Photo by PhotoandGraphic.com
Alina Williams lunges forward in the vault event.
Jordan Toma keeping low in the balance beam event.
Ferrillo, level 2, age 8; and, Amelia McBain, level 2, ages 11 and up. From here, the Springettes will be focused on the upcoming championship meets, beginning with the League Championships in Watertown, which will take place from April 1-2. Following that,
Samantha Brantigan with an impressive showing in the floor exercise event.
Marissa Verro goes high on the uneven bars, while Sophie Hrebenach performs behind her, and Anna Martindale watches from the floor on the right.
there will also be the State YMCA Gymnastics Championships at SUNY Oneonta and the Regional YMCA Championships in Redfield, ME. The team also has 19 girls attending the National Championships in Savannah, GA, which will run from June 29-July 2.
Young Tour de Cure Veteran to Participate in Third Ride
Week of March 24 – March 30, 2017
Saratoga Stadium to Host Former Knicks Player
SARATOGA SPRINGS — The Saratoga Stadium sports bar will be hosting a visit from former Chicago Bulls and NY Knicks player Charles Oakley on Saturday, March 25. The event will take place from 1-3 p.m., and
will include photo opportunities with the 19-year NBA veteran, as well as NCAA March Madness games playing on screens throughout the restaurant. For more information on the event, go to www.saratogastadium.com.
Amateur Boxing Night Benefit
John Bouzy, 11, onstage with his mother, Jennifer Musial. Photo by Edward Parham.
SARATOGA SPRINGS — John Bouzy, 11, of East Schodack will be competing in his third Tour de Cure ride this year when the annual cycling event and fundraiser kicks off in Saratoga Springs on June 4.
Bouzy, who was diagnosed with Type 1 diabetes when he was 4, raised over $1,200 for the event last year. “When you support the Saratoga Tour de Cure you create happy endings for kids like me,”
Bouzy said, speaking at a recent Tour de Cure event at the Glen Sanders Mansion. For more information on this year’s Tour de Cure, go to www. diabetes.org/saratoga.
SARATOGA SPRINGS — The Saratoga Springs City Center will play host to a night of amateur boxing on March 25. The doors will open at 6 p.m. with the first bout set to commence at 7 p.m. Proceeds from the event will go to the Bob Miller Fund, which was
established last October to provide medical care and equipment for renowned Capital Region boxing promoter Bob Miller, who was left paralyzed by a serious car accident. For more information on this event, go to www.saratogacitycenter.org.
Equestricon Teams with Thoroughbred Aftercare Alliance SARATOGA SPRINGS — The inaugural Equestricon convention has announced a partnership with the Lexington-based Thoroughbred Aftercare Alliance (TAA), which organizers say will bring 20 accredited aftercare groups from across the country to the event. Thoroughbred aftercare refers to the practice of retiring, retraining, and relocating horses once their days on the racetrack
are over, which has become a preeminent issue in the racing industry, according to TAA. In addition to these groups, the TAA will present two panels intended to educate attendees about aftercare: “Aftercare Pathways” and “Stories: OTTB Successes.” Equestricon will be held on Aug. 14-15 in the Saratoga Springs City Center. For more information on the convention, go to www.equestricon.com.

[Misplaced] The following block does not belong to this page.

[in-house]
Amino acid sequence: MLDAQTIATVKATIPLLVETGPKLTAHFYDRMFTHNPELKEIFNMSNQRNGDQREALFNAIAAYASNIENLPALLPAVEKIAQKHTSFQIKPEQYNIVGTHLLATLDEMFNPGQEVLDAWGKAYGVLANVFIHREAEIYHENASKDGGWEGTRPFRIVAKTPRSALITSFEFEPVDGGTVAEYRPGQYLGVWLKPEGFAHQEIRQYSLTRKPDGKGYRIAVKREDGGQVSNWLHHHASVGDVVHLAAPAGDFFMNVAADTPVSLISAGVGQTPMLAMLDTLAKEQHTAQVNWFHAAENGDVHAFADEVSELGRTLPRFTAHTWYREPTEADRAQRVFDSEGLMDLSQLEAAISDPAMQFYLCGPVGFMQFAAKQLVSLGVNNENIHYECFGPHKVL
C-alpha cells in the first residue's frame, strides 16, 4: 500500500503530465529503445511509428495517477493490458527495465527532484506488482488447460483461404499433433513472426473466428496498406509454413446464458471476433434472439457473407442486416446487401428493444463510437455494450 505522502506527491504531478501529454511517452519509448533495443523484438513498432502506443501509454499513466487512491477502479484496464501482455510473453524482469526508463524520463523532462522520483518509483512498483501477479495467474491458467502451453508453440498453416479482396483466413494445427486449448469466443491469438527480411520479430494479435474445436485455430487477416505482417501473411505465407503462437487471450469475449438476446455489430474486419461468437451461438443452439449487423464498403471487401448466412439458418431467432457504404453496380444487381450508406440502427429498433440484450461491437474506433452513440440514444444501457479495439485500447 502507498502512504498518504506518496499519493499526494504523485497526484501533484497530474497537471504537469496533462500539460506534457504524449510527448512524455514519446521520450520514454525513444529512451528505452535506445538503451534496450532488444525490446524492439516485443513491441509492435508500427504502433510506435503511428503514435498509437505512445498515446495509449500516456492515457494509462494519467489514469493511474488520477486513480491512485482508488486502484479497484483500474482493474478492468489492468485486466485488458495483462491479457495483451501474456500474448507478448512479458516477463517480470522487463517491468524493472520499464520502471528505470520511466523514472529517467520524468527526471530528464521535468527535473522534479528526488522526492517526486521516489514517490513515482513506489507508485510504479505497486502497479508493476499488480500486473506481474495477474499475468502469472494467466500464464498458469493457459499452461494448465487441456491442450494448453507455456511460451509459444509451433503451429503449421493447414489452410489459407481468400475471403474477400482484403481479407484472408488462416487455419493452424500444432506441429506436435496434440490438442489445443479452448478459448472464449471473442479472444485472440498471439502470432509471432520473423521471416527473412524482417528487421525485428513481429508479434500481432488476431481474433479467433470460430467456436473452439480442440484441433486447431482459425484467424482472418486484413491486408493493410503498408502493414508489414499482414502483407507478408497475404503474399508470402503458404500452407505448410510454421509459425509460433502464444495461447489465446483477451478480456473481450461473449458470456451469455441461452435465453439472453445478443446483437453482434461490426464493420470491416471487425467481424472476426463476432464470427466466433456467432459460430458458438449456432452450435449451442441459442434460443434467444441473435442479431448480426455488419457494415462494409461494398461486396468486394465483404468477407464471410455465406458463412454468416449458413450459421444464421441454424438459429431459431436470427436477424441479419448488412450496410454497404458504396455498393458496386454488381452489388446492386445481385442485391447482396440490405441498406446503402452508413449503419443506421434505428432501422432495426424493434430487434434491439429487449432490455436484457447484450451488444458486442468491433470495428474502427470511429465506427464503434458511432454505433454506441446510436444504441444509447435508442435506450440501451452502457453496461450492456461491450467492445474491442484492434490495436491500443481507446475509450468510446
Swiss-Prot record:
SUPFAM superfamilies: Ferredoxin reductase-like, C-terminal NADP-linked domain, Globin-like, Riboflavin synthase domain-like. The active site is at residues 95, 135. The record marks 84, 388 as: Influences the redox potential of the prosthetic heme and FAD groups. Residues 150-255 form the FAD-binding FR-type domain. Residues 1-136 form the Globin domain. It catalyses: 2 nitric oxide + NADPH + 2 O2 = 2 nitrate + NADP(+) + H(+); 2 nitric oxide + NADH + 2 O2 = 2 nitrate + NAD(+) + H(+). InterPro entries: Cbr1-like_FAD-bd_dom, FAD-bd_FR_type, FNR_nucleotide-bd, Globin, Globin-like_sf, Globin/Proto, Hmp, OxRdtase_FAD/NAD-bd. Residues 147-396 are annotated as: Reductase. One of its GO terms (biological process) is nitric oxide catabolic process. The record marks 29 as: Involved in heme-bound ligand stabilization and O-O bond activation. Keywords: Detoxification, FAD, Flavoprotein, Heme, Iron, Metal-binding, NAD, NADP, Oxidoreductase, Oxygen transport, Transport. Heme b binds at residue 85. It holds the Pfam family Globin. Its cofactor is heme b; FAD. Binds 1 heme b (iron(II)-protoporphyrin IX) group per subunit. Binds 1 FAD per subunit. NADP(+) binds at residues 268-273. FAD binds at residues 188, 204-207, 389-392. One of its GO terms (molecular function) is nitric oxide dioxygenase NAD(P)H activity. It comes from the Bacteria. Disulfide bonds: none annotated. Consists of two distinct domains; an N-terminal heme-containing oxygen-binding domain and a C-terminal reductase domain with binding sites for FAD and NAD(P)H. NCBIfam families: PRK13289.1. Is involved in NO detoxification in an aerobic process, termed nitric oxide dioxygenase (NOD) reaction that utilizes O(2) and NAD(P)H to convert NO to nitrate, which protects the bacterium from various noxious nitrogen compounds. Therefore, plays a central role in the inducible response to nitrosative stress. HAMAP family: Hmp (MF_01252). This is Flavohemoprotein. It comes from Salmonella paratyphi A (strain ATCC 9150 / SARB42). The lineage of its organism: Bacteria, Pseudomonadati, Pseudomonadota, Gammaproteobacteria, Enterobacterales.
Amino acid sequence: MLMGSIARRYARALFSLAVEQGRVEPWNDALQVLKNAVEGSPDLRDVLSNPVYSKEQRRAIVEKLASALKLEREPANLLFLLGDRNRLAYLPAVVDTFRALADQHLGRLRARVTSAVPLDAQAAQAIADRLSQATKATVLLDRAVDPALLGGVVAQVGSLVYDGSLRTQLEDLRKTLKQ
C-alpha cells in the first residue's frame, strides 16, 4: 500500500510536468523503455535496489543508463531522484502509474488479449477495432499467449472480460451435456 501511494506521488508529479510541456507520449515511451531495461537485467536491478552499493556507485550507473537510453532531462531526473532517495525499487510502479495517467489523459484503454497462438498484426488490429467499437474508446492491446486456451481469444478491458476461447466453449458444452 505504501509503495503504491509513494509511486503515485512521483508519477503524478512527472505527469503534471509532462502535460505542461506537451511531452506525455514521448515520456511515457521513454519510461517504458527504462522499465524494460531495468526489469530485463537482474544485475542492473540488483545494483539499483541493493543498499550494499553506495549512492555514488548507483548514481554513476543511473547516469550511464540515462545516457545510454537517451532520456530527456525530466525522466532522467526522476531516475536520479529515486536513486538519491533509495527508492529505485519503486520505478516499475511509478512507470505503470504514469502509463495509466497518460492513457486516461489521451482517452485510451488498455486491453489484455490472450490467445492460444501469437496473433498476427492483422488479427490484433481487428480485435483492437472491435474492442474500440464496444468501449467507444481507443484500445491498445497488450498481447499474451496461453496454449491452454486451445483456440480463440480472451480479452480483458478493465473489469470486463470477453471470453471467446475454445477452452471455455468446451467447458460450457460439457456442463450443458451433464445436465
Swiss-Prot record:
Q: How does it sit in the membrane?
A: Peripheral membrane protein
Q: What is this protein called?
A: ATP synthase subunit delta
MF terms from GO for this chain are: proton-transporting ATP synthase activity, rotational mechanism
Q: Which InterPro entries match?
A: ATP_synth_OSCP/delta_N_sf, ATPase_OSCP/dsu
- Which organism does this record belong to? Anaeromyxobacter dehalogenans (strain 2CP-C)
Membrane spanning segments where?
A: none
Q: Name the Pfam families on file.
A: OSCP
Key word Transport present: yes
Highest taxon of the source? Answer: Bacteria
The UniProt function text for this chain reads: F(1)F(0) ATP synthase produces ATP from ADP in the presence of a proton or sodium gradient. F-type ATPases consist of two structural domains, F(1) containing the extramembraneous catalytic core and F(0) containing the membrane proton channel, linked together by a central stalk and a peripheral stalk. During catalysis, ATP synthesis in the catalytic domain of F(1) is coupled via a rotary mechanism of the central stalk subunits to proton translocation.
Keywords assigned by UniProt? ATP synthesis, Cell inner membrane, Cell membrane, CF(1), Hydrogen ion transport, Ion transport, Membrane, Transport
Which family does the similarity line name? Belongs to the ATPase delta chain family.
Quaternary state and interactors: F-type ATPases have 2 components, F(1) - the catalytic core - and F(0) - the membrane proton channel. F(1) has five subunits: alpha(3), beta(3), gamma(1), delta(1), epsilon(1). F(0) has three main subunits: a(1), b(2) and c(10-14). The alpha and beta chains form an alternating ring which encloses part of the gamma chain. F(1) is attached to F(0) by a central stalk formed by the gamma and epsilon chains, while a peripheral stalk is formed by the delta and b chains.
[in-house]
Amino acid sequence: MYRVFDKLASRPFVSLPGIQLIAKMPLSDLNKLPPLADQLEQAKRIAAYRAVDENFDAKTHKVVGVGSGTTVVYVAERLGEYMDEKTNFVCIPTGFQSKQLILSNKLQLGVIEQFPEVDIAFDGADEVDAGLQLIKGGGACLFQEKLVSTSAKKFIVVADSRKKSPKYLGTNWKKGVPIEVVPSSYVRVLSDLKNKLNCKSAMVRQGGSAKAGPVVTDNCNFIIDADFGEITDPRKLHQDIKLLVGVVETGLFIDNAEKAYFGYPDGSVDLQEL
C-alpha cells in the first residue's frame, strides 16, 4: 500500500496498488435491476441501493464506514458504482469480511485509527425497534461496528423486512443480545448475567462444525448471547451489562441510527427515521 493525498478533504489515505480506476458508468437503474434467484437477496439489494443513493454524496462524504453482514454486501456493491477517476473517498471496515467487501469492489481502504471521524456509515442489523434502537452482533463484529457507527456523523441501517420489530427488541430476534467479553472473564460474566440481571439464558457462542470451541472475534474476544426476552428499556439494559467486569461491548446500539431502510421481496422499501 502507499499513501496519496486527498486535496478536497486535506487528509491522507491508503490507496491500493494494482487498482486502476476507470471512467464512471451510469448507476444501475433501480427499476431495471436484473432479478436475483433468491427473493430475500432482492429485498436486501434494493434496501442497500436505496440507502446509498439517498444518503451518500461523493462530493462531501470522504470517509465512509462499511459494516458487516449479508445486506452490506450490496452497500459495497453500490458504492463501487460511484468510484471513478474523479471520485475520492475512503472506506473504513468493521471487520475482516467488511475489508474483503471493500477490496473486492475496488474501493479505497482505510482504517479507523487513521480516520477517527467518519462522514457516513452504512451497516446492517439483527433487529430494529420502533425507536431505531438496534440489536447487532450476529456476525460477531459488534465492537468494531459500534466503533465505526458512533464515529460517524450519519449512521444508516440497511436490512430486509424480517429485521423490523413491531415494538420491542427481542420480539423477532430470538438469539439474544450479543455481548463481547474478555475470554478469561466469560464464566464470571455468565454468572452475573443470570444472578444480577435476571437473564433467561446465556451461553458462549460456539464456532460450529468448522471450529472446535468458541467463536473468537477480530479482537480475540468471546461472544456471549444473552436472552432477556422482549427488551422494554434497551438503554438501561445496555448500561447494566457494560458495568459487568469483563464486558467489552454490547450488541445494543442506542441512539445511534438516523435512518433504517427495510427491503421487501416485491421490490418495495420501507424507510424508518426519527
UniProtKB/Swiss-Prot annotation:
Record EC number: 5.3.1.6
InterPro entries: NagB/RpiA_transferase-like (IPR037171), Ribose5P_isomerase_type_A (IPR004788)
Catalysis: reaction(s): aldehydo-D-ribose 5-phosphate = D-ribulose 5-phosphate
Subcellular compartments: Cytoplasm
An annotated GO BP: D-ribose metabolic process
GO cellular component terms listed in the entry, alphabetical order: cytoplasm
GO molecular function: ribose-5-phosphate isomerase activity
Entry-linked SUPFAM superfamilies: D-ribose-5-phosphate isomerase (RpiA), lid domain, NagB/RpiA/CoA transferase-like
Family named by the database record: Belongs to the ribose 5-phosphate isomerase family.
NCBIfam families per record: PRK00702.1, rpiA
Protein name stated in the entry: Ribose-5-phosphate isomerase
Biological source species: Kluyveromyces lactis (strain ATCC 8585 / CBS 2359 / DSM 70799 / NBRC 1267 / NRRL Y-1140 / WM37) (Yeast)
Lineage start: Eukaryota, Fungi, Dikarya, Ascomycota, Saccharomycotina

Ballston Spa Hall of Fame Names 2017 Inductees BALLSTON SPA — The Ballston Spa Athletics Hall of Fame has announced the individuals and teams that will be honored at its 2017 induction ceremony. They are as follows: coaches Ed Banovic and Harry Lomasney; athletes Mark Carey, Gerry King, and
Dan Vergine; the 1958 football team; and the 1981 wrestling team. The ceremony will be held in the Ballston Spa High School auditorium on May 6, from 2-5 p.m. For more information on the ceremony, go to www.ballstonspaathleticshalloffame.com.
Week of March 24 – March 30, 2017
Did Syracuse Make the Right Call?
by Damian Fantauzzi for Saratoga TODAY Well, are we surprised that Mike Hopkins, long time assistant basketball coach at Syracuse University under legendary Head Coach Jim Boeheim, is moving on to the University of Washington to be its next head basketball coach? Hopkins has been in the middle of the Orangemen’s
basketball program for 19 years, and had hoped and dreamed to one day run his own program at ‘Cuse, his alma mater. His patience dwindled, and now it’s time for him to finally move forward. Hopkins, 44, having been on Boeheim’s Syracuse University basketball staff since 1995, helped guide the Orange to 494 winning games in 19 seasons. His contributions during his time on the bench included bringing the team to a national championship, a 31-14 NCAA tournament record, and three trips to the Final Four. Hopkins was the supposed next head coach, the guy who would replace Boeheim. Boeheim, who will be 73-yearsold on his next birthday and just finished his 41st year as master of the Orangemen’s basketball program, has now reversed his plans to retire.
Coach Boeheim says he is happy for Hopkins, while also stating that he feels he can turn the Syracuse program back to where it used to be. SU’s Athletic Director John Wildhack and the SU Administration extended Coach Boeheim’s contract to 2021-22. That’s five more years. The question I have and many others have: Did Syracuse make the right call in extending Coach Boeheim’s contract? Only time will tell. In 2015, Hopkins was SU’s “coach-in-waiting” and the university did not have any formal letter of intention to retire from Boeheim. The Director of Athletics at UW was looking for a man with experience to build their men’s basketball program. The search led by UDUB’s Jennifer Cohen, who is one of the few female D-1 AD’s in the country, sought Hopkins. A note of interest here: